FEATURE VOLUME. 7 ISSUE. 2
The Good Women of Garm
by Mahina Abdllojonova, Tillovat Abdurasullova, Manzura Giyoeva & Nasiba Mirzoeva
We are four girls who study English through the English Access Micro Scholarship Program in the Rasht Valley, Tajikistan. Our names are Mahina, Manzura, Nasiba and Tillovat and we are 14 to 16 years of age. We would like to introduce Azizah readers to five prominent women in our community, but first let us describe our beautiful and historic region in Central Tajikistan.
There are steep mountains with high pastures outlined by rugged snow capped peaks. The town of Garm is settled on the banks of the Surkhob River with its red waters and 14 neighboring villages settled higher up on the mountain slopes. The people have beautiful vegetable gardens and bountiful fruit trees. Many people raise animals such as cows, goats and sheep.
In Garm, there are many small businesses and an open-air market where we buy our food and clothing supplies. There is a Pedagogical University, a Medical and a Technical College and many schools for the children. The highway that runs along the river through the center of the Rasht Valley is a trade route from Kyrgyzstan to Dushanbe, our country’s capitol.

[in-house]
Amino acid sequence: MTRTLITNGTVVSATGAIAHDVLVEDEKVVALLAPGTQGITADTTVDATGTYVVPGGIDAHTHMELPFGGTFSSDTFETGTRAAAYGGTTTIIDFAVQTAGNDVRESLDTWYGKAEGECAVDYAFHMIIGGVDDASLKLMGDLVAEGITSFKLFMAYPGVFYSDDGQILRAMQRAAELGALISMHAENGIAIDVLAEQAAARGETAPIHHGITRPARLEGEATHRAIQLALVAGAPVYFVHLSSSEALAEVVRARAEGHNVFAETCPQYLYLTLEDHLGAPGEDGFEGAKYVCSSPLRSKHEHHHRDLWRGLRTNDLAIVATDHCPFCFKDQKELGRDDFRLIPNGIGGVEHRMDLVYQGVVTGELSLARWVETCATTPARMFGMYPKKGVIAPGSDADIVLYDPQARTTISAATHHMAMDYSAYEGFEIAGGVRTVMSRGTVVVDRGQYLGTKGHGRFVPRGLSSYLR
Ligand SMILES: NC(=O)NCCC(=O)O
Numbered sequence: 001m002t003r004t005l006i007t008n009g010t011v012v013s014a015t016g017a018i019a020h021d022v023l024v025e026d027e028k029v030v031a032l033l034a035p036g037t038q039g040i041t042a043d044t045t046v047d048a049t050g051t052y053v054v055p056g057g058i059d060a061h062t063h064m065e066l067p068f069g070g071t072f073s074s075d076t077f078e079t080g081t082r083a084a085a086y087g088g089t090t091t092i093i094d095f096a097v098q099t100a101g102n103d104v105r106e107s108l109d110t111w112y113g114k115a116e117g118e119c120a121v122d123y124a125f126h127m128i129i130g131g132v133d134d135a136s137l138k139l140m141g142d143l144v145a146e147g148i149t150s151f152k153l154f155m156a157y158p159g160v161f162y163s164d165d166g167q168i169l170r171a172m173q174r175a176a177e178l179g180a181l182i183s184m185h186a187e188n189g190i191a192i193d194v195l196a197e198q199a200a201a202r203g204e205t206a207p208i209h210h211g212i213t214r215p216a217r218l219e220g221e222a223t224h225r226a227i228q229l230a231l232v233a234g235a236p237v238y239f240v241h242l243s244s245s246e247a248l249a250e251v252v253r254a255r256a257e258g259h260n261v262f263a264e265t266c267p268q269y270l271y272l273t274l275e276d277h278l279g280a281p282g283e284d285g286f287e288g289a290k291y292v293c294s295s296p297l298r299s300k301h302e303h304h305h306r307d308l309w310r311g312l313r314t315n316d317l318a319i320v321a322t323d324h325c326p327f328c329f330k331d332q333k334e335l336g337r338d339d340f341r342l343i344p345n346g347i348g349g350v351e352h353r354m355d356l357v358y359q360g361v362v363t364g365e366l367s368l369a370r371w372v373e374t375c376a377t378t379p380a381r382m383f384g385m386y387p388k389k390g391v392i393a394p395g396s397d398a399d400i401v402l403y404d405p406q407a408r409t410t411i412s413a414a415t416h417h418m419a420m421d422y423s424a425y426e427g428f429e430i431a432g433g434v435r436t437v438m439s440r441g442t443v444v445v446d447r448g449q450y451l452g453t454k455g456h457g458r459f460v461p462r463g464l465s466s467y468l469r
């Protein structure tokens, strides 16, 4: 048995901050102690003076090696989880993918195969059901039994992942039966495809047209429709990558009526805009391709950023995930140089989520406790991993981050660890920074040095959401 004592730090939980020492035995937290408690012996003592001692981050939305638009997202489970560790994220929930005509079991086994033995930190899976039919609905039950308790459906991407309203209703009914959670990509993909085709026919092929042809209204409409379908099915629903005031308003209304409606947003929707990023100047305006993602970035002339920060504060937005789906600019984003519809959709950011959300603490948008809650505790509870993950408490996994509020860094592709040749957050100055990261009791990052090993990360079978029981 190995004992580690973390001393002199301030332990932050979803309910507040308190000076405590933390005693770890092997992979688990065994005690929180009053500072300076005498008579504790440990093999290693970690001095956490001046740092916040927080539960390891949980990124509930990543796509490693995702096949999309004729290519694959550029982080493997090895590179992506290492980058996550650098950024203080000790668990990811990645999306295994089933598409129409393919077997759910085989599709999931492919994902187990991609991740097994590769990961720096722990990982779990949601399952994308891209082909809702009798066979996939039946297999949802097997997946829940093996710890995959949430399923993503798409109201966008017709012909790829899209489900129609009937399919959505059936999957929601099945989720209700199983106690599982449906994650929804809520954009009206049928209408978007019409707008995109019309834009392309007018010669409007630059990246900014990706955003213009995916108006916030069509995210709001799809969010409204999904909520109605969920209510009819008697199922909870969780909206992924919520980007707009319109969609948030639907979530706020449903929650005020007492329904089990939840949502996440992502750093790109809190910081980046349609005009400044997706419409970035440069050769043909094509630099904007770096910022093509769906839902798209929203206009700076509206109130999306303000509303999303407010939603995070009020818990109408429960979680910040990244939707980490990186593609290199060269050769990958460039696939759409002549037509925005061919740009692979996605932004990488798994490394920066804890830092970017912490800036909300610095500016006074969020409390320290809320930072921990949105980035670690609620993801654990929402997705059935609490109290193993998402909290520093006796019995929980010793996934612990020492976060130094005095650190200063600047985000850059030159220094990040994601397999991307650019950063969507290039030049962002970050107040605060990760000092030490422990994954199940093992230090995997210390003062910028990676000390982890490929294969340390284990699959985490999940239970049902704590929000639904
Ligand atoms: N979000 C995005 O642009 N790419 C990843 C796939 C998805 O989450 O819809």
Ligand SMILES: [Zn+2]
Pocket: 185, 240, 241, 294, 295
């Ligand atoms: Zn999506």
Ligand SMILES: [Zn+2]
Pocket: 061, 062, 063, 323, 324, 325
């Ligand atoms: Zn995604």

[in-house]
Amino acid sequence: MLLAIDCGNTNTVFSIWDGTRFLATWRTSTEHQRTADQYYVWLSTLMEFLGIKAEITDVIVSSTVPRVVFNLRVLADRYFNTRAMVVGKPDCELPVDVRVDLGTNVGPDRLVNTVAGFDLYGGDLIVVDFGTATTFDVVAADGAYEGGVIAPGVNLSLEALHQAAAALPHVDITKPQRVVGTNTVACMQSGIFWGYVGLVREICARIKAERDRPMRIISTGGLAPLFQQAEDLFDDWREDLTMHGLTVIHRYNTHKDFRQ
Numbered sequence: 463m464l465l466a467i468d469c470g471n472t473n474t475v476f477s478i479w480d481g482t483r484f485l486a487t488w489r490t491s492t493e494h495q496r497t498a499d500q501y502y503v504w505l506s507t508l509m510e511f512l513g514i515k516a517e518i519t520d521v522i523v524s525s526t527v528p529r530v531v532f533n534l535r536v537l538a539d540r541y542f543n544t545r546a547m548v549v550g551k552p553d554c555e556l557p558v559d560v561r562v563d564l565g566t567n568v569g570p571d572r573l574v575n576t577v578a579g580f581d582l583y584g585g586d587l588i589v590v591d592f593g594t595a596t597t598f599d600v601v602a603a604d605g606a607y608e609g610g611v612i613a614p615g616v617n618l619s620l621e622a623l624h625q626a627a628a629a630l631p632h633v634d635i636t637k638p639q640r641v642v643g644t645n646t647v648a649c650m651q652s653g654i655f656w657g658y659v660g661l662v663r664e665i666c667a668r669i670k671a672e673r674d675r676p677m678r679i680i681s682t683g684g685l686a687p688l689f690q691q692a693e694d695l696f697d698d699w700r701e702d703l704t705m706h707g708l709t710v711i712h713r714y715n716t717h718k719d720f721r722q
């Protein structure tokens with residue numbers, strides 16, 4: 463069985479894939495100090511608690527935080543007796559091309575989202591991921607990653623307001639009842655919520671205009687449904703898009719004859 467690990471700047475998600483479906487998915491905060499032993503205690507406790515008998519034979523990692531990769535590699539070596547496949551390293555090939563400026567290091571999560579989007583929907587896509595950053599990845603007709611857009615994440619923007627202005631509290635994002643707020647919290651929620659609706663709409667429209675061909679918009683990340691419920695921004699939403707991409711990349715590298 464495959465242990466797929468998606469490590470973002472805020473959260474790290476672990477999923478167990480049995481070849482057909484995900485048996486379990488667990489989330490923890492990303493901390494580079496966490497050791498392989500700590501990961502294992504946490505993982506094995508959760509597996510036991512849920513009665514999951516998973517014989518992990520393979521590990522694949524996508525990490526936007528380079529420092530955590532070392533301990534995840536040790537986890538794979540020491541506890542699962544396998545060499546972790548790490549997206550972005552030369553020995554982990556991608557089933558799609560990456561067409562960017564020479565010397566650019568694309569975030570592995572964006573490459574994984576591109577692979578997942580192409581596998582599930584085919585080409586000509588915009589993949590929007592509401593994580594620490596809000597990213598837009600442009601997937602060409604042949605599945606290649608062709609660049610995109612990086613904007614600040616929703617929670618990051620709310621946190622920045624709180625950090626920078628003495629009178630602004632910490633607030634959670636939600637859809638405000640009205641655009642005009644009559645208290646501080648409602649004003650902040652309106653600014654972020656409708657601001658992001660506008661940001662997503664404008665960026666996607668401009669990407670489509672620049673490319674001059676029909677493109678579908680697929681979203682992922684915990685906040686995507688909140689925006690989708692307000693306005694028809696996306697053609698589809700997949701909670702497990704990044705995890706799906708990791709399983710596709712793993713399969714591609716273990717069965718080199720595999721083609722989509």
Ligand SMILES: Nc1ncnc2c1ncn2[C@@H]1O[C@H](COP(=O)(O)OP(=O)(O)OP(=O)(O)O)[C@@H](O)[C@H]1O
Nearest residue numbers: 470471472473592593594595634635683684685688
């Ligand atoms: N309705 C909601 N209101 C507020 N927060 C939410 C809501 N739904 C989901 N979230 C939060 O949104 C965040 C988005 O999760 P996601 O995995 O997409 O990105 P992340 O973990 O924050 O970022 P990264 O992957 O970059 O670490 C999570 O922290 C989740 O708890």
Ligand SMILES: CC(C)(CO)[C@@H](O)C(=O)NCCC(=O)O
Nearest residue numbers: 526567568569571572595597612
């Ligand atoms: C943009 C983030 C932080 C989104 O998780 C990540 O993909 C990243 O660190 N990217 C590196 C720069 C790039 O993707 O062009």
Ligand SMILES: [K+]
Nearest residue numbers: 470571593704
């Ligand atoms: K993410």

For this article, we interviewed five prominent women in our community in order to practice our English language and journalism skills. We first interviewed each woman in the Tajik language, summarized the information in Tajik, and then translated it into English.
She is the chairman of the Development Centre of Garm, a non-governmental organization (NGO). This organization was established in 2001 with the support of the United Nations Development Program and is now supported by the Organization for Security and Co-operation in Europe. Ms. Rajabaljeva told us her organization is a “resource center for women” which provides numerous services for the women of Garm, Tojikobod, and the neighboring villages.
Savriniso Hafizova Khairulloevna
She is a licensed physician of internal medicine. Ms. Khairulloevna related to us that when the civil war in Tajikistan was over in 1993, there were few doctors and no medicine to treat the sick people. She realized that she could treat people with the herbs growing in the local mountains.
Using her knowledge, Ms. Khairulloevna first taught women to use the herbs in a tea and then later as an ingredient in the traditional foods. Over time, she saw that the herbs brought good results.
She works as an anesthesiology nurse in the operating room at the local hospital. She loves her work, especially the obstetric cases where she can assist women who are afraid of the difficulty of giving birth. Ms. Lojvarbe also trains young medical students during their time of residency at the hospital. She told us that she would like to see more girls enter the medical occupation.